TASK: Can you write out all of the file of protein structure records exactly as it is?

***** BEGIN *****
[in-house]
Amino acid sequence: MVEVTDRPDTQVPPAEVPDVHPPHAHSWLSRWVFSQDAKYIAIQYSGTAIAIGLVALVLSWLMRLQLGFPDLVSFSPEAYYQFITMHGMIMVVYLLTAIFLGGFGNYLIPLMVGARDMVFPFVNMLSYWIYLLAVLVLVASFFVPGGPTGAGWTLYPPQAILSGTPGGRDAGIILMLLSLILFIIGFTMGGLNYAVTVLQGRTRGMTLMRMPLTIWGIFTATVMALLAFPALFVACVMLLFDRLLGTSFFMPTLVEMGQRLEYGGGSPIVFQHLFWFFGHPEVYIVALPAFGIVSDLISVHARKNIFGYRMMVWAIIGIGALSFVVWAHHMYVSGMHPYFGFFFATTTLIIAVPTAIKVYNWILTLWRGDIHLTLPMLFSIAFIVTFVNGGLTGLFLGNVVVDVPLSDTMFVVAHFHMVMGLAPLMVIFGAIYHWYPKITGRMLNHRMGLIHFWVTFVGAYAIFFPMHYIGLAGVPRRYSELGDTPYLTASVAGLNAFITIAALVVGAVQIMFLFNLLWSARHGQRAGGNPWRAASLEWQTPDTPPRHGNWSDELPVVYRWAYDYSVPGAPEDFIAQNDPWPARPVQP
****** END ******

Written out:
[in-house]
Amino acid sequence: MVEVTDRPDTQVPPAEVPDVHPPHAHSWLSRWVFSQDAKYIAIQYSGTAIAIGLVALVLSWLMRLQLGFPDLVSFSPEAYYQFITMHGMIMVVYLLTAIFLGGFGNYLIPLMVGARDMVFPFVNMLSYWIYLLAVLVLVASFFVPGGPTGAGWTLYPPQAILSGTPGGRDAGIILMLLSLILFIIGFTMGGLNYAVTVLQGRTRGMTLMRMPLTIWGIFTATVMALLAFPALFVACVMLLFDRLLGTSFFMPTLVEMGQRLEYGGGSPIVFQHLFWFFGHPEVYIVALPAFGIVSDLISVHARKNIFGYRMMVWAIIGIGALSFVVWAHHMYVSGMHPYFGFFFATTTLIIAVPTAIKVYNWILTLWRGDIHLTLPMLFSIAFIVTFVNGGLTGLFLGNVVVDVPLSDTMFVVAHFHMVMGLAPLMVIFGAIYHWYPKITGRMLNHRMGLIHFWVTFVGAYAIFFPMHYIGLAGVPRRYSELGDTPYLTASVAGLNAFITIAALVVGAVQIMFLFNLLWSARHGQRAGGNPWRAASLEWQTPDTPPRHGNWSDELPVVYRWAYDYSVPGAPEDFIAQNDPWPARPVQP